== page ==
Saturday 29 October: 5:30pm - 7:15pm, Free but Bookable in Advance

Institute of Astronomy, Sackler Lecture Theatre, Madingley Road, CB3 0HA
Inspired by our 25-year (Yep, you heard that right folks) multi-disciplinary survey of NW Cambridge, ‘Prospection’, this event presents a panel of leading heritage experts including Sarah May (Research Associate, UCL Institute of Archaeology), Rachael Kiddey (Research Associate, University of York & Editorial Assistant at the Independent Social Research Foundation) and James Dixon (Museum of London Archaeology & 'Prospector') who will present a thought-provoking array of fieldwork and research exploring what the future holds for the past and what the past holds for the future.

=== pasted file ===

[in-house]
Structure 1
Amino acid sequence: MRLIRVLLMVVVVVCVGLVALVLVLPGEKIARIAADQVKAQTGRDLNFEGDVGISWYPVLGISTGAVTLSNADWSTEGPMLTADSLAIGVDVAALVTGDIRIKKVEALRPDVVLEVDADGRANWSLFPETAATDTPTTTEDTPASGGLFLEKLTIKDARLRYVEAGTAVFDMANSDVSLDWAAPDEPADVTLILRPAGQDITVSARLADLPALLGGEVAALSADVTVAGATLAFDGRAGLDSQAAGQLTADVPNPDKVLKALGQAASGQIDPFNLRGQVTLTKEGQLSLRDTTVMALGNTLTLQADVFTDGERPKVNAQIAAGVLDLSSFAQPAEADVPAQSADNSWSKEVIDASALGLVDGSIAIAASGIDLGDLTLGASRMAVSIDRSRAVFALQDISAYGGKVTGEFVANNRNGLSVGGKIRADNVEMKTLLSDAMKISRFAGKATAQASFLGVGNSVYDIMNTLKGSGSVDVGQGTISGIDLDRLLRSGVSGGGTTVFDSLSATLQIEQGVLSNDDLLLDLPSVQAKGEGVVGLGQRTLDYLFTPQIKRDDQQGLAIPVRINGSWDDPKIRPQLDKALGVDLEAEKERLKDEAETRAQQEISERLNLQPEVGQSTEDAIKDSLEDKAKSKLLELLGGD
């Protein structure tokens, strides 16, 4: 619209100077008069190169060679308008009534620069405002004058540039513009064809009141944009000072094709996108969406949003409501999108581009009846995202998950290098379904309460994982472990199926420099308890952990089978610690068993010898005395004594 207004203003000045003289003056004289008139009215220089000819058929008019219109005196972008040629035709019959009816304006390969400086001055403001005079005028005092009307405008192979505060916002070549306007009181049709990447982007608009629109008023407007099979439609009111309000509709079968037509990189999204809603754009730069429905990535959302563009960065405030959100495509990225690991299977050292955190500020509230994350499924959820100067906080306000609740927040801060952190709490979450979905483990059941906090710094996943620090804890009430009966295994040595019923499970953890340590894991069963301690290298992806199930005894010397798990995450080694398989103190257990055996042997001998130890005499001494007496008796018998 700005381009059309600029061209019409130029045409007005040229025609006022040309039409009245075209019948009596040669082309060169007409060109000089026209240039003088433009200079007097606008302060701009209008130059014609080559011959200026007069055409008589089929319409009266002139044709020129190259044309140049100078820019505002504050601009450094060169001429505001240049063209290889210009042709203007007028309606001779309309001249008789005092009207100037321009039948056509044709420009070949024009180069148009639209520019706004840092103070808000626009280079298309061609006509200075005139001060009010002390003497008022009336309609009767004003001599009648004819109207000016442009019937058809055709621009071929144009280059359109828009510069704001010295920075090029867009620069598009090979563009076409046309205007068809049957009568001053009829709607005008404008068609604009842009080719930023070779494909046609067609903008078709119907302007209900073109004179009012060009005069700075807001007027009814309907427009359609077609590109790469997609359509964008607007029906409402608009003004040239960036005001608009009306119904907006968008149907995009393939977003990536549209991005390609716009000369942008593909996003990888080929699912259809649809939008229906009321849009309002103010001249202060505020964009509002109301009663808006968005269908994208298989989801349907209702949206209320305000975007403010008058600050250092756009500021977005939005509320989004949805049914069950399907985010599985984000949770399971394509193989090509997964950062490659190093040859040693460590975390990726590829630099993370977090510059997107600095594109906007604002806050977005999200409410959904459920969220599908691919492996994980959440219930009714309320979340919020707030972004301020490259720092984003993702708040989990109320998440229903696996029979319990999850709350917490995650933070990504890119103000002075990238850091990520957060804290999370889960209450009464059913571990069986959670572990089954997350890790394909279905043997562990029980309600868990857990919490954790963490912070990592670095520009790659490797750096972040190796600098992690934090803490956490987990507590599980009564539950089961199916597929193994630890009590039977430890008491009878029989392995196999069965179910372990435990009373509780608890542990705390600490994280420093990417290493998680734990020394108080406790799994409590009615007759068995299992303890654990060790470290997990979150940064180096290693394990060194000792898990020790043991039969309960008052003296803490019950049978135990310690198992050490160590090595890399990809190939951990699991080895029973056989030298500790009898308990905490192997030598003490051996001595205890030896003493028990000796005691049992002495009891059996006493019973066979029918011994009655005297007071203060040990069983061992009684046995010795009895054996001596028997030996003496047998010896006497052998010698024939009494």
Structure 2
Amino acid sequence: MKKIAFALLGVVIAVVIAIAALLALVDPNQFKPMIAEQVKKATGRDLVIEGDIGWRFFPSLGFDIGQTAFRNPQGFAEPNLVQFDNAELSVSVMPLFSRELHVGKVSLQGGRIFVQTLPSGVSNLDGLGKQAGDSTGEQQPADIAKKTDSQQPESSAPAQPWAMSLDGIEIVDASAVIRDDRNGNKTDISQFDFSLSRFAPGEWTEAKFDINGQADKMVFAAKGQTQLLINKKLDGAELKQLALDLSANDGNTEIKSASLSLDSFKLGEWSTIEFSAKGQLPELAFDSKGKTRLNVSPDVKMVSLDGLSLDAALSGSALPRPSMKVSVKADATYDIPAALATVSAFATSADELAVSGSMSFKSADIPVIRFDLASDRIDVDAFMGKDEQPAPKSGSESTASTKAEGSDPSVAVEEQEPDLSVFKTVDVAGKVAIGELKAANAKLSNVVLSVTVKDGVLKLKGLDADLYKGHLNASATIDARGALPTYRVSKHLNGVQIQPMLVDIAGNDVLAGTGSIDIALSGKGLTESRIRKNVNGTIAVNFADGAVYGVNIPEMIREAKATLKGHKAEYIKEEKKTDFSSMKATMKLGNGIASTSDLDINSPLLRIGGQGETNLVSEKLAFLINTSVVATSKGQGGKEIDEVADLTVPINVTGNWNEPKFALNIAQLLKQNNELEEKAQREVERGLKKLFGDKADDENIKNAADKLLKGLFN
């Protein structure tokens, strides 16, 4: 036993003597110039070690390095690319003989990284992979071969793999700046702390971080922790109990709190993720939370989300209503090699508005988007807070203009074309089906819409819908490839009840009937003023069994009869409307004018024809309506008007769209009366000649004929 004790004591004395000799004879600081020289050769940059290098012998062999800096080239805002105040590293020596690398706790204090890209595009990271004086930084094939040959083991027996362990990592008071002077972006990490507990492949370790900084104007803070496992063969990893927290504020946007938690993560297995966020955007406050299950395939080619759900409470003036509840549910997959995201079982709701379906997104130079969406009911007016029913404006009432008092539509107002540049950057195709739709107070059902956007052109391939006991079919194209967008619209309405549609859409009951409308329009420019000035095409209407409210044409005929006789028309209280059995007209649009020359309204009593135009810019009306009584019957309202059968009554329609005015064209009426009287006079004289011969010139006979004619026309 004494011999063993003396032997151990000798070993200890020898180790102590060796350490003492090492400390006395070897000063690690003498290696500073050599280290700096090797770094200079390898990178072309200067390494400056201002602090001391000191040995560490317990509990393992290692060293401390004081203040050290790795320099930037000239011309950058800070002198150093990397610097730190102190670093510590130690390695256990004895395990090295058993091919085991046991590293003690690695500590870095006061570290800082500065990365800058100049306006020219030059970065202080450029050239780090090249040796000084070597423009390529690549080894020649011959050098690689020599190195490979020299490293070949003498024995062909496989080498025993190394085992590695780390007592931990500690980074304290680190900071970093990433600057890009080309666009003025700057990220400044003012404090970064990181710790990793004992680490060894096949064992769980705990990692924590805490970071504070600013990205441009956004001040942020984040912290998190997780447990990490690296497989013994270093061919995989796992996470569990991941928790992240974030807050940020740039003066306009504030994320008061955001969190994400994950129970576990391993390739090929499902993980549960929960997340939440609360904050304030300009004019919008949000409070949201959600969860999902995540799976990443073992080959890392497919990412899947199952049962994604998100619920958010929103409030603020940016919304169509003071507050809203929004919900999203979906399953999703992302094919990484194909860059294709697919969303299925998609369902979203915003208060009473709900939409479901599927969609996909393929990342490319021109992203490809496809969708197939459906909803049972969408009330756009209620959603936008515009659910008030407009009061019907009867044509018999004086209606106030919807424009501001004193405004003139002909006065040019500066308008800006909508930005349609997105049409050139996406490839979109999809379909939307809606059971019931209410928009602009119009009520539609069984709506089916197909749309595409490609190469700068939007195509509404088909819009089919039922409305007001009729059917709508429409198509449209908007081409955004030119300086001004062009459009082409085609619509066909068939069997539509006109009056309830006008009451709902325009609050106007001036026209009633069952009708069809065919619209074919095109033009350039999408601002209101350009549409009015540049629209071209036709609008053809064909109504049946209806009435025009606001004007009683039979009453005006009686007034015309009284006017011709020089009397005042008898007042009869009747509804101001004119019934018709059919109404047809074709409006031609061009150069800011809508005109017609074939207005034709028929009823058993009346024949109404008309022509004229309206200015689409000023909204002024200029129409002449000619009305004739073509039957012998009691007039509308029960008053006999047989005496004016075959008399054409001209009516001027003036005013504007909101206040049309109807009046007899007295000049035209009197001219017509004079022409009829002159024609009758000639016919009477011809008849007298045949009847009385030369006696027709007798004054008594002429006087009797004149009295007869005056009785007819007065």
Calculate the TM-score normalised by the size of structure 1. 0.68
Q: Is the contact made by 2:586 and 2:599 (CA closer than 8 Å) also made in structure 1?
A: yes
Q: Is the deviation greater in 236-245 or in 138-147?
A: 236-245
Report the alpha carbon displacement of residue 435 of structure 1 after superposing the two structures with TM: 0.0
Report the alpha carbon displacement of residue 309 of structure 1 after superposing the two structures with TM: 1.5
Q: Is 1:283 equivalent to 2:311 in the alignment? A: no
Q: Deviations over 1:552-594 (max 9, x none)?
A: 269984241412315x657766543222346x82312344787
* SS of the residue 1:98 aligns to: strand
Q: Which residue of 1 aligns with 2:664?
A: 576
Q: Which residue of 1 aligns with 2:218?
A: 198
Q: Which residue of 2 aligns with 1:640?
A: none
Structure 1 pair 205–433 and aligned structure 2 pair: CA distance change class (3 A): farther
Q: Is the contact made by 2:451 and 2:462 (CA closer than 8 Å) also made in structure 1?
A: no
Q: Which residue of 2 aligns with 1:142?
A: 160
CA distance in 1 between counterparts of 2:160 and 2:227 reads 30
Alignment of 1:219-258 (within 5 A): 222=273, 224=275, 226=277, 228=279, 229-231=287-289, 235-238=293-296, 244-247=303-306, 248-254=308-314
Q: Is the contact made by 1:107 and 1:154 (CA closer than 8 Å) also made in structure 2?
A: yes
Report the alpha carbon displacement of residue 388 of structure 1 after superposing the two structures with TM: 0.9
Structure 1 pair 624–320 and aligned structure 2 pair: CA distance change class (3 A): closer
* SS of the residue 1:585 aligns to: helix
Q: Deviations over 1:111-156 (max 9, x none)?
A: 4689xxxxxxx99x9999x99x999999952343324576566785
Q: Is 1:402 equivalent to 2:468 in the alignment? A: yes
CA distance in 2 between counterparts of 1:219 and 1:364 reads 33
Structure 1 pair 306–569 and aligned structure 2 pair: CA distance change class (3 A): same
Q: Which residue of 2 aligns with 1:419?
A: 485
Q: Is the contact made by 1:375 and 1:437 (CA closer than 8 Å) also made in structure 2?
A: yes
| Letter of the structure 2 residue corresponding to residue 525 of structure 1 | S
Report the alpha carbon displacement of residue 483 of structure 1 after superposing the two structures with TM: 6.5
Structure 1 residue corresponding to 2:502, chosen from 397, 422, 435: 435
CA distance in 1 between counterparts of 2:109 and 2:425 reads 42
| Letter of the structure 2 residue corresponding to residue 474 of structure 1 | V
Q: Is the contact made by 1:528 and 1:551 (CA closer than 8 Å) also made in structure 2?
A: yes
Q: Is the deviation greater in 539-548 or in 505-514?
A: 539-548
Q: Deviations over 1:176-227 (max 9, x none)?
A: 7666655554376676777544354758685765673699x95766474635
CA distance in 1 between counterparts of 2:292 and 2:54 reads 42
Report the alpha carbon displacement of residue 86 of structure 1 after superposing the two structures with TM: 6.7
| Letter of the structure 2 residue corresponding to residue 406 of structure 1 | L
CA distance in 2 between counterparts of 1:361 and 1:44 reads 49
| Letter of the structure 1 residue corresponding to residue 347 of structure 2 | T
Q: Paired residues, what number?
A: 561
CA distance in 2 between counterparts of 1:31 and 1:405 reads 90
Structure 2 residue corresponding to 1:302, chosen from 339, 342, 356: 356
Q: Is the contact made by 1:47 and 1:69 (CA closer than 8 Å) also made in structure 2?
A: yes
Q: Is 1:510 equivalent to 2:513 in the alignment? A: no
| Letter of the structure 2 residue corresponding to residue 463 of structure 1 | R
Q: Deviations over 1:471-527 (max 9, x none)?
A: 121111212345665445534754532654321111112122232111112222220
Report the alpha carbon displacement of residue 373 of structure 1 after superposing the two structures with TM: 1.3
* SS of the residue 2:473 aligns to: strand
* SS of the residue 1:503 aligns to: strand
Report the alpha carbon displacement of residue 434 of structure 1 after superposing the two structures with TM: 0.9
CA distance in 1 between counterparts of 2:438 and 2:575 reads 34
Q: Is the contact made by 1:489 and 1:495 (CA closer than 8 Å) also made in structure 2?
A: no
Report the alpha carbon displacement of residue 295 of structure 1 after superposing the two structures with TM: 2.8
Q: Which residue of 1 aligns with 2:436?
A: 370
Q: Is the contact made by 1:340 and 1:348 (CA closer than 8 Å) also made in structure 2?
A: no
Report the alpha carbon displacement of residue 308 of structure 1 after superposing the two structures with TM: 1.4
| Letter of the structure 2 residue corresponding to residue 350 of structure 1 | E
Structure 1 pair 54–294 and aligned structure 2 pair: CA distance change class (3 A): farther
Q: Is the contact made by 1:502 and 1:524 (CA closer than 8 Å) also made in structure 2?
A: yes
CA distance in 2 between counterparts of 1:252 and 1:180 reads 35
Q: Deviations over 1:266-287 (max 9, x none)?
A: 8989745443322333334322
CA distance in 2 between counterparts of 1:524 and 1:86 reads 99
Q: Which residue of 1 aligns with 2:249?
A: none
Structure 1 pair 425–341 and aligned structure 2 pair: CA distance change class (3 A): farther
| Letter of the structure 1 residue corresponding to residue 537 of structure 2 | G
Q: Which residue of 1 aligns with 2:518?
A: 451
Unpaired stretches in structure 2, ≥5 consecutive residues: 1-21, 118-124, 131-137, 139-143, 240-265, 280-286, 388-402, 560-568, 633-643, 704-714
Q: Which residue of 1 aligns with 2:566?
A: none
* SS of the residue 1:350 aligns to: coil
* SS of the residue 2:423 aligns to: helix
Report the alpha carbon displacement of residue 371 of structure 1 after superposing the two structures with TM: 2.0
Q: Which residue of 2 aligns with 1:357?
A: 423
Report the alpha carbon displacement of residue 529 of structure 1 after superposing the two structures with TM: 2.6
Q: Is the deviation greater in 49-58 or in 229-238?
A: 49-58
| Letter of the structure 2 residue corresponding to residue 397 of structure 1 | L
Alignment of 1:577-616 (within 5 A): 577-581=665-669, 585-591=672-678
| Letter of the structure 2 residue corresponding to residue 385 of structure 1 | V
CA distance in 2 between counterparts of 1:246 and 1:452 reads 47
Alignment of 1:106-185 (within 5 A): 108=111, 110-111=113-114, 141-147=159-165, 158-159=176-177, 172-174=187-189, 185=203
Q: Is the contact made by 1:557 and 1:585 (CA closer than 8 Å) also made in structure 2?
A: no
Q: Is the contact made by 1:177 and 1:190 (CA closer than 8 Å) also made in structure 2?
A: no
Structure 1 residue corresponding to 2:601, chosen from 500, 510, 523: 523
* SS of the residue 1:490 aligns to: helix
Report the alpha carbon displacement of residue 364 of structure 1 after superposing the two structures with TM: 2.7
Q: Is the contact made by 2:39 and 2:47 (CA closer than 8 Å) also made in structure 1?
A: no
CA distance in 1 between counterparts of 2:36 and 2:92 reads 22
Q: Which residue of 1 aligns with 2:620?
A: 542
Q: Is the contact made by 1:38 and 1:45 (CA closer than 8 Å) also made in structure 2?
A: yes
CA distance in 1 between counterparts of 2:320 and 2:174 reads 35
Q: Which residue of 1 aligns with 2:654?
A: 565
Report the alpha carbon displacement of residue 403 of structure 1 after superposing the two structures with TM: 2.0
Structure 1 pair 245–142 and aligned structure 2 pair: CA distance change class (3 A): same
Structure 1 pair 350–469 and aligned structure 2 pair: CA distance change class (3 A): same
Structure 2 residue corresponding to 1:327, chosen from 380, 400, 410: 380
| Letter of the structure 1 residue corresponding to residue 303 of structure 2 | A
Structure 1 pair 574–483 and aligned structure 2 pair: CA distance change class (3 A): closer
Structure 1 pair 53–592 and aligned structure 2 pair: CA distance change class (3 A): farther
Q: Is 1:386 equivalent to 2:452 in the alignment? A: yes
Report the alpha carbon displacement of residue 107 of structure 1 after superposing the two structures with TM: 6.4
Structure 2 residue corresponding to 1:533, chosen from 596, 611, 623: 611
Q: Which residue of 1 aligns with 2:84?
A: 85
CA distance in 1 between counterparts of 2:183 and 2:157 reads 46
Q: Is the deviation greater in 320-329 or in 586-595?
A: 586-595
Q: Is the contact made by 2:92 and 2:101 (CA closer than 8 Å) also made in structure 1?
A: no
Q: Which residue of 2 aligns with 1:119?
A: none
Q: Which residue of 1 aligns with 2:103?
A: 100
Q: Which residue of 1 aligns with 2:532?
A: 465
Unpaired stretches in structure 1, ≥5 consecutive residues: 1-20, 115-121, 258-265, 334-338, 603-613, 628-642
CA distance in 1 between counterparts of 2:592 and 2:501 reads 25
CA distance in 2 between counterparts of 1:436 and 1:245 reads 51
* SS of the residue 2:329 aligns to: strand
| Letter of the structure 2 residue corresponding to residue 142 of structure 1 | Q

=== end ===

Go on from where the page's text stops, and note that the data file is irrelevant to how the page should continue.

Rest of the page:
The panel will be followed by refreshments and a chance to browse the archive boxes of the first two years’ findings of ‘Prospection’.

John Lambert at work on an old manuscript - Cambridgeshire Archives' Mr Paper

TIME CHANGES (ALMOST) EVERYTHING - what, even a meringue?

Another brilliant, free event we're doing for Cambridge Festival of Ideas:

Saturday 29 October: 2:00pm - 3:00pm
, Free but Bookable in Advance - Limited Spaces!

Gravel Hill Farm, Artist Studios, Madingley Rise Madingley Road, CB3 0FU

Have you ever wondered how to look after your treasured possessions? Why newspaper cuttings yellow, elastic snaps or whether silver tarnish is a good or a bad thing?
Challenge our experts - bring along a personal possession of (almost*) any kind and find out just how the passage of time will affect it, and how a museum would or could look after it for posterity. (Karen is bringing a vintage meringue if you need inspiration)